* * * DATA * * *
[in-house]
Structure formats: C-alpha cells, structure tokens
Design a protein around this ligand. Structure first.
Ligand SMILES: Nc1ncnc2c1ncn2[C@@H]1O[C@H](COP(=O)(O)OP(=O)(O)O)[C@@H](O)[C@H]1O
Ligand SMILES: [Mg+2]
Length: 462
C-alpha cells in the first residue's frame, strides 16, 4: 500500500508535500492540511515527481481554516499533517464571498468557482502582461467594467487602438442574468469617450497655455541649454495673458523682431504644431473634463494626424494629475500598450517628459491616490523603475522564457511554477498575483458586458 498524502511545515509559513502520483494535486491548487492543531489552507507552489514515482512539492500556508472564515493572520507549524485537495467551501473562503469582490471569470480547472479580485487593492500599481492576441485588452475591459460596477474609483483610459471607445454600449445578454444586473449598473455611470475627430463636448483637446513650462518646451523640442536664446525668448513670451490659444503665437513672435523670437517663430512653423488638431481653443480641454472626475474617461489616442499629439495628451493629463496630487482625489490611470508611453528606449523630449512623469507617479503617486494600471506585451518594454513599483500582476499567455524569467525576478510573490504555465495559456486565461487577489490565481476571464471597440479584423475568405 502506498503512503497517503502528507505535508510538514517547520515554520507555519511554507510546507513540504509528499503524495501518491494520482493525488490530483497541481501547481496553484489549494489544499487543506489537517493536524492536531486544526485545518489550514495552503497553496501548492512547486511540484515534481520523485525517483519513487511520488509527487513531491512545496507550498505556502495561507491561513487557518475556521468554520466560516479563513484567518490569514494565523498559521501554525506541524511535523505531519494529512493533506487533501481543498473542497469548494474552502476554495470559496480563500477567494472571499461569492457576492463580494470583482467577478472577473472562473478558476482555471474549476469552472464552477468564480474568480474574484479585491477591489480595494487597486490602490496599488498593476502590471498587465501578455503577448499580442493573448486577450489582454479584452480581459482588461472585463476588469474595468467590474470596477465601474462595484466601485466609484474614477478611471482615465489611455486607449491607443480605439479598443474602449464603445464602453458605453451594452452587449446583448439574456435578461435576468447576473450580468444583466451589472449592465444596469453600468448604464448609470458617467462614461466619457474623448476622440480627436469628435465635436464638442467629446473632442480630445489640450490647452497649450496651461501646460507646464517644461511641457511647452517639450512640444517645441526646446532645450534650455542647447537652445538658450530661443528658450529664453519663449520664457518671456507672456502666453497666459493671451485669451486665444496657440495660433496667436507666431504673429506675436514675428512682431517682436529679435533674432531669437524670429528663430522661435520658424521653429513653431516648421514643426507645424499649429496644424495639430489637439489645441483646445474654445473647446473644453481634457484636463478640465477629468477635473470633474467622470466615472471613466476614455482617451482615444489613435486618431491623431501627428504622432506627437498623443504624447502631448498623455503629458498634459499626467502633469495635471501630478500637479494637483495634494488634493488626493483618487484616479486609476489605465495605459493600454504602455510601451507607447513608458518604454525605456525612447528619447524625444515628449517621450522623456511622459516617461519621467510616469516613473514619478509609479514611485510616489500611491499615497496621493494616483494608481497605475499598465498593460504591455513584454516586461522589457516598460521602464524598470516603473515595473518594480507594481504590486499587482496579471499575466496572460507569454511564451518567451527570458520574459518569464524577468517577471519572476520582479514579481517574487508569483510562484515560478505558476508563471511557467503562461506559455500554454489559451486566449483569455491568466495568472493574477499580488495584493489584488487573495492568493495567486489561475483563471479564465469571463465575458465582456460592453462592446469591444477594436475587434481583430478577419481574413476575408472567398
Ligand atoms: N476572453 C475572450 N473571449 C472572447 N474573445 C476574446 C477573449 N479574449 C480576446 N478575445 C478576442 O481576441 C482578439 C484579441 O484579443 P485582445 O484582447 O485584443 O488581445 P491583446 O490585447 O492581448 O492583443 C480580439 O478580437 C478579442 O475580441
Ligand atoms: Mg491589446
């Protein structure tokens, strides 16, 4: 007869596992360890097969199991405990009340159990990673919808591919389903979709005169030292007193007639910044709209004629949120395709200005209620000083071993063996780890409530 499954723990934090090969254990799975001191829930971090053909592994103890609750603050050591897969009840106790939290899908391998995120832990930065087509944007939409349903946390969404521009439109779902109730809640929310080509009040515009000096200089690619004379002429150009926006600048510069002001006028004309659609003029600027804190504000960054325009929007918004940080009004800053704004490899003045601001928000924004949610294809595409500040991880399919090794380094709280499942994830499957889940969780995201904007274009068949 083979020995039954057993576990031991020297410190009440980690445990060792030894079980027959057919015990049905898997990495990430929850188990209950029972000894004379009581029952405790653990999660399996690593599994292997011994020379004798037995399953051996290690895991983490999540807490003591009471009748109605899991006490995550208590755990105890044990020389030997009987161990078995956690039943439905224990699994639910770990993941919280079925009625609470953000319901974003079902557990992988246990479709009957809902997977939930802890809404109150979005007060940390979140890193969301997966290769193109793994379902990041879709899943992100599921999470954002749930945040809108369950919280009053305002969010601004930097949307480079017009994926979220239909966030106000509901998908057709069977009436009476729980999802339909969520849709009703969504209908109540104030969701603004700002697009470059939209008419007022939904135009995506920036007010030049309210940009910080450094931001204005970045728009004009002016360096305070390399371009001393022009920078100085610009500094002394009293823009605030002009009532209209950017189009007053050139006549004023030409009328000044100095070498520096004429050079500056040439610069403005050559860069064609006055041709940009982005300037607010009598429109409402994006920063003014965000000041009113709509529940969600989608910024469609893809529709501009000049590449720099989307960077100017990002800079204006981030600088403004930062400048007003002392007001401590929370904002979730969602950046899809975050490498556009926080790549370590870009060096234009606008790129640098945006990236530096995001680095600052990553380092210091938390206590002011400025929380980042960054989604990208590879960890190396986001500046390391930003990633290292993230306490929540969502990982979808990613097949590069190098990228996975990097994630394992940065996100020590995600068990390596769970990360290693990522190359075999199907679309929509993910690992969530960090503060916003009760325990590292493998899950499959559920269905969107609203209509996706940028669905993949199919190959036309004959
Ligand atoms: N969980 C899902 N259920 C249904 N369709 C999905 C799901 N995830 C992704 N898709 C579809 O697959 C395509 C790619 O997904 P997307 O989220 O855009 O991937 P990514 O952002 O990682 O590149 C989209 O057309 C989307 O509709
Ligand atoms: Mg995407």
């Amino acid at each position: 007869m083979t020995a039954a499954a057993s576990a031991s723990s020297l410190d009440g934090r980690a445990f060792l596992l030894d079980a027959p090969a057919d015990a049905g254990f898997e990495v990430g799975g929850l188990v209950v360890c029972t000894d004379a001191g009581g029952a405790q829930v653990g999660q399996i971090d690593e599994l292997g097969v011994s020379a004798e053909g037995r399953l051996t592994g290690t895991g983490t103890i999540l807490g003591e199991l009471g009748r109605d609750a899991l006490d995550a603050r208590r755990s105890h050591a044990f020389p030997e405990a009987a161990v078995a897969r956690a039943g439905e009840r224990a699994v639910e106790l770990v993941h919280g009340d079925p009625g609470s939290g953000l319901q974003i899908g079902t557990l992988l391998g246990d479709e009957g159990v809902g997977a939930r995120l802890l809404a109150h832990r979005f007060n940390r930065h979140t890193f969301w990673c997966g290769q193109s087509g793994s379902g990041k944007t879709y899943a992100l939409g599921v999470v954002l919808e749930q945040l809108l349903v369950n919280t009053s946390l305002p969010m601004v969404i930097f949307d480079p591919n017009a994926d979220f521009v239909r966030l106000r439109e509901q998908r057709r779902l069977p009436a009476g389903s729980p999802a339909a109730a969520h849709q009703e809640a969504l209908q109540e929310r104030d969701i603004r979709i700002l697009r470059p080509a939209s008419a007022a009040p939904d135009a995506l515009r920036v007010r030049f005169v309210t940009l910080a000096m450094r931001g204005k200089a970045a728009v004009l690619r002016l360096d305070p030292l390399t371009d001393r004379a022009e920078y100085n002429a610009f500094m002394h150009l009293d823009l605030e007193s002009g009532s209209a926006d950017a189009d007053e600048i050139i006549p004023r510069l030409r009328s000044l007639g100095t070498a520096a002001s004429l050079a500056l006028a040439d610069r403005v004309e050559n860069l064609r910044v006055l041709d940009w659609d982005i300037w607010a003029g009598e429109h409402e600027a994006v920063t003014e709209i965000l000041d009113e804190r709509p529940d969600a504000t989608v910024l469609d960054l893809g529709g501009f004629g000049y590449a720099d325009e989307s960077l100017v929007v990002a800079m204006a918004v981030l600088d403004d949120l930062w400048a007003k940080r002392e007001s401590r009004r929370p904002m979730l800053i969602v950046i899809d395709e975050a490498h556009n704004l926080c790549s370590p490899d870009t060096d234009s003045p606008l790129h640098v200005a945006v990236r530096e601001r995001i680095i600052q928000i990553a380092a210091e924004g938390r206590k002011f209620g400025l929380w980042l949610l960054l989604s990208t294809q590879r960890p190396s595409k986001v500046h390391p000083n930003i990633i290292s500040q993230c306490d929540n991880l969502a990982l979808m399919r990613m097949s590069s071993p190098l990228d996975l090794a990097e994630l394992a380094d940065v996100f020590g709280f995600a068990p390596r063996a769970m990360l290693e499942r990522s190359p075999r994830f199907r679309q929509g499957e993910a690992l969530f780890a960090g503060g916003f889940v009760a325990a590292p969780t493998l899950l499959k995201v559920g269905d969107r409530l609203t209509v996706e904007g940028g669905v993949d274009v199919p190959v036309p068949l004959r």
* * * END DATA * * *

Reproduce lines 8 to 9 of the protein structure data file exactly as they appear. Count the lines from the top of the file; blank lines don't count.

Ligand atoms: N476572453 C475572450 N473571449 C472572447 N474573445 C476574446 C477573449 N479574449 C480576446 N478575445 C478576442 O481576441 C482578439 C484579441 O484579443 P485582445 O484582447 O485584443 O488581445 P491583446 O490585447 O492581448 O492583443 C480580439 O478580437 C478579442 O475580441
Ligand atoms: Mg491589446